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T.R. Pearson Books In Order

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Publication Order of Neely Books

A Short History of a Small Place (1985)Description / Buy at Amazon
Off for the Sweet Hereafter (1986)Description / Buy at Amazon
The Last of How It Was (1987)Description / Buy at Amazon
Call and Response (1989)Description / Buy at Amazon
Glad News of the Natural World (2005)Description / Buy at Amazon

Publication Order of Ray Tatum Mysteries Books

Publication Order of Standalone Novels

Publication Order of Nick Reid Books

as Rick Gavin

T.R. Pearson is an American author best known for ‘A Short History of a Small Place’. The author has written novels under the Rick Gavin pseudonym.


T.R. Pearson is a child of Winston-Salem in North Carolina. Pearson was always a little conflicted about his future, and he found that he was always changing his mind. Fortunately, Pearson grew up in a small town. So while he was trying to make his mind up about his career, there was plenty to observe in his immediate vicinity, facets of life in a small town that would later prove crucial to his writing perspective.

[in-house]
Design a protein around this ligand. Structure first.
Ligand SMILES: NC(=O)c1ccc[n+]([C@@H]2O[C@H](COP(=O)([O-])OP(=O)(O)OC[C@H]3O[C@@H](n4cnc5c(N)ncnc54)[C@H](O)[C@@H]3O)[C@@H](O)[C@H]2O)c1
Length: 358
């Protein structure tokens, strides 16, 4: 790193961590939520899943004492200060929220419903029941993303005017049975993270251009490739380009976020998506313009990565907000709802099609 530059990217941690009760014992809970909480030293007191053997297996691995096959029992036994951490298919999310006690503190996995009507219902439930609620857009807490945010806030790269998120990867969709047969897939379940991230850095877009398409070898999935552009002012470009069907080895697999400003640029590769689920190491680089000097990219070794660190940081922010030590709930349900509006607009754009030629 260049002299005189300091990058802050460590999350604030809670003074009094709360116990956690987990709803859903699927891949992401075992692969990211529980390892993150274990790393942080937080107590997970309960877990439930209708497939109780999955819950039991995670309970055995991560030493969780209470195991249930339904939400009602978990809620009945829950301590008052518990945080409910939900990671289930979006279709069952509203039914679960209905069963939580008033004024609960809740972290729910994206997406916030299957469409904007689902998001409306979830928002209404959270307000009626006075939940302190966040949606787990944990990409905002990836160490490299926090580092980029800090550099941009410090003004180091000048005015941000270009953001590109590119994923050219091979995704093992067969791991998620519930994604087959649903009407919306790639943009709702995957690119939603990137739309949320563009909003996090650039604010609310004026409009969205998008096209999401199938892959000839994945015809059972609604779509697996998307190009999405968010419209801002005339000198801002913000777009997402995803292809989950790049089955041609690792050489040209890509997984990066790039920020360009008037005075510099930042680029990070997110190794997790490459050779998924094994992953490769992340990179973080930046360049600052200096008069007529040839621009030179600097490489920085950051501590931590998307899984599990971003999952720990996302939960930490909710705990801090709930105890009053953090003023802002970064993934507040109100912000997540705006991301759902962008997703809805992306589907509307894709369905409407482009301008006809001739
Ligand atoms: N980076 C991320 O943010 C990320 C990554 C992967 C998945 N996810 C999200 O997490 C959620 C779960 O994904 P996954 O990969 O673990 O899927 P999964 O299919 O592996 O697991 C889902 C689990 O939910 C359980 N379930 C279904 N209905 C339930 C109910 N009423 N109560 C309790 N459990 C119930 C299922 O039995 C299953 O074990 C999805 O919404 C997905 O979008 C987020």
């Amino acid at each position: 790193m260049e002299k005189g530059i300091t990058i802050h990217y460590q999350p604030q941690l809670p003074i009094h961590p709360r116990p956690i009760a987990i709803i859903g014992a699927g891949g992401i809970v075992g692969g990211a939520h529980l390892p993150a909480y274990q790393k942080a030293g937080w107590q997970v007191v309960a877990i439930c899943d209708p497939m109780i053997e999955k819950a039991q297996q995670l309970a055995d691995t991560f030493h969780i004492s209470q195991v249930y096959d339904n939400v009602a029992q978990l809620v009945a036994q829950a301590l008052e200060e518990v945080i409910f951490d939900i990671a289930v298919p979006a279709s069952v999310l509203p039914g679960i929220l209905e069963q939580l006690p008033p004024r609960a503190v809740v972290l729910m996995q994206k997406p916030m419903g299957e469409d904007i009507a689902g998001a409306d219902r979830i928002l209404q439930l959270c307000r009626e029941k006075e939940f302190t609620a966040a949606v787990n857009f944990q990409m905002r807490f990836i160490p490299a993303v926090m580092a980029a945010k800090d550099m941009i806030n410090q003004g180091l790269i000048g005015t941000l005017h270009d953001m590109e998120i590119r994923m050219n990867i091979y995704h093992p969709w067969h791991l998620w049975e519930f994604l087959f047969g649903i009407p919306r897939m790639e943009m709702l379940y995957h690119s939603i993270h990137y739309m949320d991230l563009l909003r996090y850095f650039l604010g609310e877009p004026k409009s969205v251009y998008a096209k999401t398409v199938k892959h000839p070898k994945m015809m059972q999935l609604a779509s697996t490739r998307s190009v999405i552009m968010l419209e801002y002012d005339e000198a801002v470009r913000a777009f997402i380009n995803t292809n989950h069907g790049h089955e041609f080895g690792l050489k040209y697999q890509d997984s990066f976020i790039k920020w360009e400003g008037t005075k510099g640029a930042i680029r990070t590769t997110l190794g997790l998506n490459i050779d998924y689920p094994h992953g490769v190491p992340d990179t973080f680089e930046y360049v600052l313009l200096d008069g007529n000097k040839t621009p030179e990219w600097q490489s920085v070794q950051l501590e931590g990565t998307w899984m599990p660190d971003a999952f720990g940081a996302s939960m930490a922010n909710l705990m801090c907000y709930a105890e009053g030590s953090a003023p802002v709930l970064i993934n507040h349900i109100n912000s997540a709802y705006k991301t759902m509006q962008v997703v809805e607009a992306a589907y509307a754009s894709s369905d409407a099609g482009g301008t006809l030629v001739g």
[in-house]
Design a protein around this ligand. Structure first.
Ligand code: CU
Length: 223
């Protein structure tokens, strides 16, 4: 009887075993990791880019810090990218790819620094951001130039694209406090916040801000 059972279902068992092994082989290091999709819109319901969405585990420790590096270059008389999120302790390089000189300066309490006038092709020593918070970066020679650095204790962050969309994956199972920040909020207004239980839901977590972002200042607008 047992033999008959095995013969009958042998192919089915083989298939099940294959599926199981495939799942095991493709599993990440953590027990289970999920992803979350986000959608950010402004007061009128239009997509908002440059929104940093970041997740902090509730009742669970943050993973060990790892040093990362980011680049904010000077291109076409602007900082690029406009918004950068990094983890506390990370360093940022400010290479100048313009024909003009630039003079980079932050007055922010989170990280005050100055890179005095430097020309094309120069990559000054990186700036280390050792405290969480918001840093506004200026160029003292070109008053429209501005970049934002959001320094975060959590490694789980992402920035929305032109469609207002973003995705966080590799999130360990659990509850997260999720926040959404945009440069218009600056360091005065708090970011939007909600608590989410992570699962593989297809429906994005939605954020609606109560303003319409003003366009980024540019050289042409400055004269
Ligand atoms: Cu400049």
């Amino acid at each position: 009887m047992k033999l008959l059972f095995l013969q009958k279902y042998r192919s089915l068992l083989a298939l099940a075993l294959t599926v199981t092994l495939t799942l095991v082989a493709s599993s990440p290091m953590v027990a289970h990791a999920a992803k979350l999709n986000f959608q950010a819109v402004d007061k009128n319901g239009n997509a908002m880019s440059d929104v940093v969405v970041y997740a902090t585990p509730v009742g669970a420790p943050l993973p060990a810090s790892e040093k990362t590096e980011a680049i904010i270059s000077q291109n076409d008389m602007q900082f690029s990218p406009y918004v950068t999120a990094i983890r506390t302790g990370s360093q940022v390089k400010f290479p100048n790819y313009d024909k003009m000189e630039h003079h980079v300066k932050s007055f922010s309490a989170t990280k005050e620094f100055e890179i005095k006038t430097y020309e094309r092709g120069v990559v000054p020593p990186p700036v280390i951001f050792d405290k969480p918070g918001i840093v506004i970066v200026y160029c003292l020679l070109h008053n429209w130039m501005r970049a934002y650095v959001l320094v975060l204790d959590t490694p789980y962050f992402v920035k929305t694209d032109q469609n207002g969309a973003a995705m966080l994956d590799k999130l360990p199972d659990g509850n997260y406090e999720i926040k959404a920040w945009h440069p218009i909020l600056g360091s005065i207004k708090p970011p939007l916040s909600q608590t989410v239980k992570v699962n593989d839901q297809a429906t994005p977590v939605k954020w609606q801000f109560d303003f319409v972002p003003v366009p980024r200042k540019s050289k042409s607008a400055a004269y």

When T.R. Pearson attended North Carolina State University, it was with the intention of pursuing something practical, a field like Economics that was likely to put food on his table. Yet, somehow, he ended up walking away with a Degree in English. And it wasn’t long before he added a Masters into the mix.

And it wasn’t like the author was gearing up to write novels at this point in his life. T.R. Pearson thought he would spend the rest of his life teaching. Instead, the author found his way to Raleigh where he worked as a carpenter and even painted houses.